In addition to a great pediatrician and GI specialist, others have been in these trenches before you. They have spent their days and nights loving and doing everything they can to not only soothe their child, but also to learn how to do it better. As a mom who has gone through what you are going through now three times – I know the advice and encouragement from seasoned veterans is invaluable. If you don’t know any such moms, here’s a few resources that may help:

5. Pray and Then Pray Some More

In the middle of the night, all day long, when your ears, back and arms hurt from rocking and soothing the screaming, prayer is your lifeline to the God of all creation. He made you, your baby, and He knows exactly how hard this is for all of you.

He listens, He answers, and He equips. Reach out to Him for strength, comfort, and peace.

I recently studied John 11 and was so moved by Jesus’ compassion and how deeply troubled He was over the death of Lazarus. He comforted Lazarus’ sisters Mary and Martha and wept beside Lazarus’ grave. Even though death had to happen for Him to show His power over death as He raised Lazarus from the grave, He took NO joy in seeing the sorrow of those He loved. And, He felt His own sorrow over the situation. Cry out to Him, He hears you. He is your help and holds you both in His good, sovereign hands when there is simply nothing else you can do for your child.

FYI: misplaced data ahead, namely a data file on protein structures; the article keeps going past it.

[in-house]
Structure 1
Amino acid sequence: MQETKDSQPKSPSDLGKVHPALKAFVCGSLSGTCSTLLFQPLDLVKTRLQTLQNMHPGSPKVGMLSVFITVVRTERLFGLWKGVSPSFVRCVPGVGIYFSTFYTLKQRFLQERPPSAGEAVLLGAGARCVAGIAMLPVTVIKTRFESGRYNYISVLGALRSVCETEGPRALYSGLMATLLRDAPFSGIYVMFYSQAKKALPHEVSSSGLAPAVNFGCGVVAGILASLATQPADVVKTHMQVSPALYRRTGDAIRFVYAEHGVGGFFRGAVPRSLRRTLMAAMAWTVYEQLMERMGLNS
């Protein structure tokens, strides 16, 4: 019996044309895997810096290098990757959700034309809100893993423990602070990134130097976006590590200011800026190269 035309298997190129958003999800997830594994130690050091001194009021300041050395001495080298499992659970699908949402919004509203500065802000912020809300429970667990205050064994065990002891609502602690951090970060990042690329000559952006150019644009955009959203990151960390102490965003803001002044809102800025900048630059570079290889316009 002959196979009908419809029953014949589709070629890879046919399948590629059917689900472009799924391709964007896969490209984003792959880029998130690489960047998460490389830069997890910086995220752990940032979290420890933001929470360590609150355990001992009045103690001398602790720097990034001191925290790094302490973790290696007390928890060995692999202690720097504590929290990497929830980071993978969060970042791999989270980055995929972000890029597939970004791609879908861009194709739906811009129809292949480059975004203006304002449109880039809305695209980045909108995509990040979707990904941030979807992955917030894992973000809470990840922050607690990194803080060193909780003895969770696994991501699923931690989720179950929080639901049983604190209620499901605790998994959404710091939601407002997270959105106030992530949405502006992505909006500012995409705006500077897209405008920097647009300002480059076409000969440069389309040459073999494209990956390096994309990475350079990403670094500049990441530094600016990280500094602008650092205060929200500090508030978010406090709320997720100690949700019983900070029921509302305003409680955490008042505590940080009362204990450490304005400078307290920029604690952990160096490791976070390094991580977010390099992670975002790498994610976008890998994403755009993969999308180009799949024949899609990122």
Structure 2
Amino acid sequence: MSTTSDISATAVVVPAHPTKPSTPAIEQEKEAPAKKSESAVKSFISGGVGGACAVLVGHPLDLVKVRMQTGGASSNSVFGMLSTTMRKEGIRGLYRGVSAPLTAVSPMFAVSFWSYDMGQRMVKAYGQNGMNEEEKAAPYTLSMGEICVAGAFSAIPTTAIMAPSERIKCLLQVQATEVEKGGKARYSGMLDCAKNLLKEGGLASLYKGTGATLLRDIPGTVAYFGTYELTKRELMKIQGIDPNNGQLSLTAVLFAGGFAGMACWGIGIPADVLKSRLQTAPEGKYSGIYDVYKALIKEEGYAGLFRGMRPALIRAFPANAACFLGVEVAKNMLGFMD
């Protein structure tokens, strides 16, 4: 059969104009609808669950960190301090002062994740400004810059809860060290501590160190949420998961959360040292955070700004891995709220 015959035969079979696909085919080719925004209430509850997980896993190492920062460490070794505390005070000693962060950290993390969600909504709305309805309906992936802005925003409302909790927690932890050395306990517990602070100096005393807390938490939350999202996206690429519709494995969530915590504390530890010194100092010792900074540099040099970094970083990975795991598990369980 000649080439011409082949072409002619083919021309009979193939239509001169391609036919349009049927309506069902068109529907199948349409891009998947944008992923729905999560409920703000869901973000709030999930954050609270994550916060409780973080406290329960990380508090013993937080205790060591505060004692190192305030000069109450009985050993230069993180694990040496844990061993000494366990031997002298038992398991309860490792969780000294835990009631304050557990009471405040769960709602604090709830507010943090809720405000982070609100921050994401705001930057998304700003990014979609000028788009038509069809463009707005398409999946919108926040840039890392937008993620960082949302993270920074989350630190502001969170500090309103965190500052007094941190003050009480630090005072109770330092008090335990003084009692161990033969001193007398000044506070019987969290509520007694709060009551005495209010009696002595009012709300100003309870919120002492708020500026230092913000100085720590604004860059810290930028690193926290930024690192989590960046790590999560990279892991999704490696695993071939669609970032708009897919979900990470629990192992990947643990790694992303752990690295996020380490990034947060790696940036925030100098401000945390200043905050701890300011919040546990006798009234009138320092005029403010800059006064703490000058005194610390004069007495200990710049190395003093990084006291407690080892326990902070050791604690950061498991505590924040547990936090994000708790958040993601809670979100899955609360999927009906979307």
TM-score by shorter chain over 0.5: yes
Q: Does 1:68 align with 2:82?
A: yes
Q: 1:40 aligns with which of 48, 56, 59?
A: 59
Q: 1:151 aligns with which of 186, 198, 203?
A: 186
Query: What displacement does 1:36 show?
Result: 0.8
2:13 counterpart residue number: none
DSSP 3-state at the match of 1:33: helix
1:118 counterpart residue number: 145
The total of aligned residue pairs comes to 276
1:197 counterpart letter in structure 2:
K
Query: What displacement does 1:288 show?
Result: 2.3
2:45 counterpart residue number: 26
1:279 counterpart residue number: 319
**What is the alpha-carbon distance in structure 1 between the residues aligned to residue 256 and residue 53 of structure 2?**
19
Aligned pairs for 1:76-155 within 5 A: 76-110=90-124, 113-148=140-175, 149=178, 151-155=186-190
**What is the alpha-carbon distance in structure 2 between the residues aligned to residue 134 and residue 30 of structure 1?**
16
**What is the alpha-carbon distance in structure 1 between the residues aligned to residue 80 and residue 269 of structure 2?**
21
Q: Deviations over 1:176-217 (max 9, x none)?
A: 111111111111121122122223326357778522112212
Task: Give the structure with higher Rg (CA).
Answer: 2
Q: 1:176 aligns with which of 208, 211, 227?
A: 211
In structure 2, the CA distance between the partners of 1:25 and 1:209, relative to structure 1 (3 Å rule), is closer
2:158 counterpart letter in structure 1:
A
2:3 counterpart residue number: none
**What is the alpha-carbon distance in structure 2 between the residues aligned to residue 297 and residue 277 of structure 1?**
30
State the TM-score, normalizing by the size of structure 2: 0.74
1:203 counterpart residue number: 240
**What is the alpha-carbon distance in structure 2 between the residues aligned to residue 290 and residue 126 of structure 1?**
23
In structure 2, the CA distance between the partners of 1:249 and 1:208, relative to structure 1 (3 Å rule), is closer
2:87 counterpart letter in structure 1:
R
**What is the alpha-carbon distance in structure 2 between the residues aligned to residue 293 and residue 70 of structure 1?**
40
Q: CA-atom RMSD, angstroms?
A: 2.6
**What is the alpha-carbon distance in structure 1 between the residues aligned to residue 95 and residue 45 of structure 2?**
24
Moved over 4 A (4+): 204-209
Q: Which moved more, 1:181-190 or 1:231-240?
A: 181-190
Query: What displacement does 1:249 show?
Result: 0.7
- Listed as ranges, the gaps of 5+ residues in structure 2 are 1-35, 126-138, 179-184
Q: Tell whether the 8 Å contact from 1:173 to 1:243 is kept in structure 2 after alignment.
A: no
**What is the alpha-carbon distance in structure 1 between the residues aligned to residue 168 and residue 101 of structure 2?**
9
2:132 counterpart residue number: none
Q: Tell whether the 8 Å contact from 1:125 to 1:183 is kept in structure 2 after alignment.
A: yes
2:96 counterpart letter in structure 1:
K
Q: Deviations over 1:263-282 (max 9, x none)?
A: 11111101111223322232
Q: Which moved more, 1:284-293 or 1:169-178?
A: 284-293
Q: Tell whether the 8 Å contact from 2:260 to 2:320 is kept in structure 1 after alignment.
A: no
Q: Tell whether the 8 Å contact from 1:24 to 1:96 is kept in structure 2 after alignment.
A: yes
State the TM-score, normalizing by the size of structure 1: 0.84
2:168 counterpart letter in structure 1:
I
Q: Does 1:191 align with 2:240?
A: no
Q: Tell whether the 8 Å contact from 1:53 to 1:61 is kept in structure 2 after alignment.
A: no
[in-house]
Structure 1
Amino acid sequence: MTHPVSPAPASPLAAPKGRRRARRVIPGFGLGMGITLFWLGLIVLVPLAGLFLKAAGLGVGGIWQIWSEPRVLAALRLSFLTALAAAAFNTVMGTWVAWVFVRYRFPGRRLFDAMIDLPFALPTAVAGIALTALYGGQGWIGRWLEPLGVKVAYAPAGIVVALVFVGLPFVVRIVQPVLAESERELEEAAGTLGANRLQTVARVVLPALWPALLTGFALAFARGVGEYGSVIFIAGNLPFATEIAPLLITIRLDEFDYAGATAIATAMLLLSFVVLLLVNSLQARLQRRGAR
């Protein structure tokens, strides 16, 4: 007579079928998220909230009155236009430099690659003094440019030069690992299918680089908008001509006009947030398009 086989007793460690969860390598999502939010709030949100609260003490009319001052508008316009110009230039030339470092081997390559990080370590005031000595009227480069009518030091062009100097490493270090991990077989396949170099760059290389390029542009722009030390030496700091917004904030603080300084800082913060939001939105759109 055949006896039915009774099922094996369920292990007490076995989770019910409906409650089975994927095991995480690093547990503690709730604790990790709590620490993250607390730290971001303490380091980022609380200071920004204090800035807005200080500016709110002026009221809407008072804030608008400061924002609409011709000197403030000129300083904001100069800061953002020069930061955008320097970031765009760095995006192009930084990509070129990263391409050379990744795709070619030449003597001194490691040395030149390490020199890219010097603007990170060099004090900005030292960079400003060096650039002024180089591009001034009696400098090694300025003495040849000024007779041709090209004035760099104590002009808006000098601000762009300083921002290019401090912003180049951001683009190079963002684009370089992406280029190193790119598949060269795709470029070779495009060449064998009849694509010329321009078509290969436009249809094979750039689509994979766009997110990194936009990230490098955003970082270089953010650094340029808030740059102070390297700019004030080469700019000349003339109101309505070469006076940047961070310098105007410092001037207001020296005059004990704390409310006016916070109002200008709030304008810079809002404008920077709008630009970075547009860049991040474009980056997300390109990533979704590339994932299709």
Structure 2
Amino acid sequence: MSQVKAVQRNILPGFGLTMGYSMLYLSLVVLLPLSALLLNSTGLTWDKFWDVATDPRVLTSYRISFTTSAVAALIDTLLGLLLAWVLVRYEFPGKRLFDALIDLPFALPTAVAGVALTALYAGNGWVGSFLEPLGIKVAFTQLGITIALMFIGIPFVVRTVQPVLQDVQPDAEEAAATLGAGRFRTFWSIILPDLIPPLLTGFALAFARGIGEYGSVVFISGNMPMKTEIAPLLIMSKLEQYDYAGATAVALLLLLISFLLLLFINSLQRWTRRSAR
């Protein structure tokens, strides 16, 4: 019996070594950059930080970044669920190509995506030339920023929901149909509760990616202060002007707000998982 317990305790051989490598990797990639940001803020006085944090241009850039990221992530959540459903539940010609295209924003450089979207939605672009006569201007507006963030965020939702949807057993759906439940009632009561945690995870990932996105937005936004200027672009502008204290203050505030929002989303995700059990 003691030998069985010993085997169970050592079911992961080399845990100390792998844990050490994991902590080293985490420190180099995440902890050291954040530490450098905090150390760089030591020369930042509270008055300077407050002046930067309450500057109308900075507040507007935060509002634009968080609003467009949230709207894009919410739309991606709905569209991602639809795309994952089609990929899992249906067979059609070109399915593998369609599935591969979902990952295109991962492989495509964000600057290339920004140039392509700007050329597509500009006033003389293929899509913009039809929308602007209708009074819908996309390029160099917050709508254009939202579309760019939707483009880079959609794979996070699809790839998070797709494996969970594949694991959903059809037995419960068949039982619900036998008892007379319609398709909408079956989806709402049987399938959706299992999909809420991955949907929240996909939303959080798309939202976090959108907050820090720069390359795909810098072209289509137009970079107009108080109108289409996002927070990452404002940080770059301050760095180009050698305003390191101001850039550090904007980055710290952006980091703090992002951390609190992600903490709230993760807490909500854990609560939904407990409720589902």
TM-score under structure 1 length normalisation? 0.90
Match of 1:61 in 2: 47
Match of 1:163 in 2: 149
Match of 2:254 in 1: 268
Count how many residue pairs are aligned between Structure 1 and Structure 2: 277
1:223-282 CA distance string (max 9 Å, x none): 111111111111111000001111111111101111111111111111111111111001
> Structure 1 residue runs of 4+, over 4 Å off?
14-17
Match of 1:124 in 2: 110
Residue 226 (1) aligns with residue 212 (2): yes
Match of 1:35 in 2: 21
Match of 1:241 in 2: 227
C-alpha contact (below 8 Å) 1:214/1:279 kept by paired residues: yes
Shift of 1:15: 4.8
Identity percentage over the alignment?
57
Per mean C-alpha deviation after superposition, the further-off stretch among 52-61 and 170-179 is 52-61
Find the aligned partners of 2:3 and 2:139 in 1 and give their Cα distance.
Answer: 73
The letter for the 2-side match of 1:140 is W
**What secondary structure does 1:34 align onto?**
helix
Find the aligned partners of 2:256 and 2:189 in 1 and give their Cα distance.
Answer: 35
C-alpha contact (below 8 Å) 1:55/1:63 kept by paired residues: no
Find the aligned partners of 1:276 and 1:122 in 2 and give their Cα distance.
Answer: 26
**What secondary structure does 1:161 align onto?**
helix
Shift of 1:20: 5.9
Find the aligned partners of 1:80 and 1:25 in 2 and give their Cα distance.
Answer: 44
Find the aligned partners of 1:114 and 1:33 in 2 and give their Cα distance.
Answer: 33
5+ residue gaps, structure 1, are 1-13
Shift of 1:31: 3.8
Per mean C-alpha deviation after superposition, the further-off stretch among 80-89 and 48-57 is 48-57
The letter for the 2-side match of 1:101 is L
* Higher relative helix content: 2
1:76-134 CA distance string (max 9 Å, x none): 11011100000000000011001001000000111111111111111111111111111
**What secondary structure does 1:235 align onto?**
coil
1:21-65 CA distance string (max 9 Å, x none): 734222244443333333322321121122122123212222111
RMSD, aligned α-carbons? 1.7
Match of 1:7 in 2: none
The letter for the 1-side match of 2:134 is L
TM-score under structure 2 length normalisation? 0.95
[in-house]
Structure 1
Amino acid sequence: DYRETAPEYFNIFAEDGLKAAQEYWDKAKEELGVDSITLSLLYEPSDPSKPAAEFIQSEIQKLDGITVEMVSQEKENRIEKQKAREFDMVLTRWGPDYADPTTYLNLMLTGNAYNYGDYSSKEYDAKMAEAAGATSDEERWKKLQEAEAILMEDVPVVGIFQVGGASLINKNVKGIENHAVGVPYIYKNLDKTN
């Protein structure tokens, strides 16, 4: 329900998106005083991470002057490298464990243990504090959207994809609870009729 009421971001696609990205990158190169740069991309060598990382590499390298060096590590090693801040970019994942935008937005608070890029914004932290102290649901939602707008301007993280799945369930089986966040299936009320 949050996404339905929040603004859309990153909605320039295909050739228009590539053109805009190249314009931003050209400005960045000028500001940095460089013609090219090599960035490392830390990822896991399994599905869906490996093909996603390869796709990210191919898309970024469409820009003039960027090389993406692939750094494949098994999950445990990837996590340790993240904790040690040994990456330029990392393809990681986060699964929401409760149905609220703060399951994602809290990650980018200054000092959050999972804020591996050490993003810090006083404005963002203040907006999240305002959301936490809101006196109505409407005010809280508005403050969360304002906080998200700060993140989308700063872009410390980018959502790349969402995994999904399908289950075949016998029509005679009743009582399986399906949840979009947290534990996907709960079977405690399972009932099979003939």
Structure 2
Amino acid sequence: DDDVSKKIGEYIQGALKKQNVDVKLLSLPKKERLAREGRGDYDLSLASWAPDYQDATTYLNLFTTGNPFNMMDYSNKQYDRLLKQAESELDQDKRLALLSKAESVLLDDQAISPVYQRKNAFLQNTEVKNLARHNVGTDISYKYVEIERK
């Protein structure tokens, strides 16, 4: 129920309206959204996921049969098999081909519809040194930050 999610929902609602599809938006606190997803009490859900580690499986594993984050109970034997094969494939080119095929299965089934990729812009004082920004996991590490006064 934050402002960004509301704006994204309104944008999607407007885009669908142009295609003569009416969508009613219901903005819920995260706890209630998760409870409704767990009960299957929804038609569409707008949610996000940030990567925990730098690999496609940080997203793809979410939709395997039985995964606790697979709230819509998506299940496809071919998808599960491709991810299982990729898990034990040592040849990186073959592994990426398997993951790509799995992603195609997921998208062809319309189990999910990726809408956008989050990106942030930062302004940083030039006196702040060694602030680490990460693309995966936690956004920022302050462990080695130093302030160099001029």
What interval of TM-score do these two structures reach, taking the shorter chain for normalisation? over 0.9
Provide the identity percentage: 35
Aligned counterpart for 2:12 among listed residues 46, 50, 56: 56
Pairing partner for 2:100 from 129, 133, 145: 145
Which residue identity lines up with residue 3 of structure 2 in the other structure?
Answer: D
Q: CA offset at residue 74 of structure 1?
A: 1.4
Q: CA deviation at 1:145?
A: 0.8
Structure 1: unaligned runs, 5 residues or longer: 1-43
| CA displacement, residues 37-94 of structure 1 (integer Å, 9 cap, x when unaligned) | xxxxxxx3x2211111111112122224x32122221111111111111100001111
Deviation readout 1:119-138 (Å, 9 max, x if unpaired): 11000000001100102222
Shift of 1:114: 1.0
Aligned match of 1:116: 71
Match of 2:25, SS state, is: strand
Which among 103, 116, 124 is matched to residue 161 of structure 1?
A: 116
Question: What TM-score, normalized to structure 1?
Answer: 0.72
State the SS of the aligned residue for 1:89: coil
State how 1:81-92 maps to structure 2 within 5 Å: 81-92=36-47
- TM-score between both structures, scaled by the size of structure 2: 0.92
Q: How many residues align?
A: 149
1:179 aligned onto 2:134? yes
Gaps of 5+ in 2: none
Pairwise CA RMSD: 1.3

On my bed I remember you;
    I think of you through the watches of the night.
Because you are my help,
    I sing in the shadow of your wings.
I cling to you;
    your right hand upholds me.
Psalm 63:6-8 (NIV)

Infant 'Silent' Reflux Is NOT Silent - 5 Survival Tips for Parents | Infant 'Silent' Reflux Is NOT Silent |

12 Tips for Parents and Kids to Have a Great Daylight Savings Week

12 Tips for Parents and Kids to Have a Great Daylight Savings Week |

Daylight savings.

It. Is. Coming.

Changing clocks to maximize daylight hours seems like a good idea.

Before kids, moving the clock wasn’t a big deal. Go to bed earlier, and sleep a little later…in a few days we forgot it ever happened.

But then we had kids.

Changing the clock creates a BIG problem for the little people in my life. And, in turn, their parents.

It takes seconds to set the time on the clock. Unfortunately, it does NOT happen so quickly for our children’s internal clock.

A one hour time change isn’t welcomed by their bodies. They are tired when we need to get up. They are not tired at naptime or at bedtime. They are hungry when it isn’t meal time – and not hungry when it is.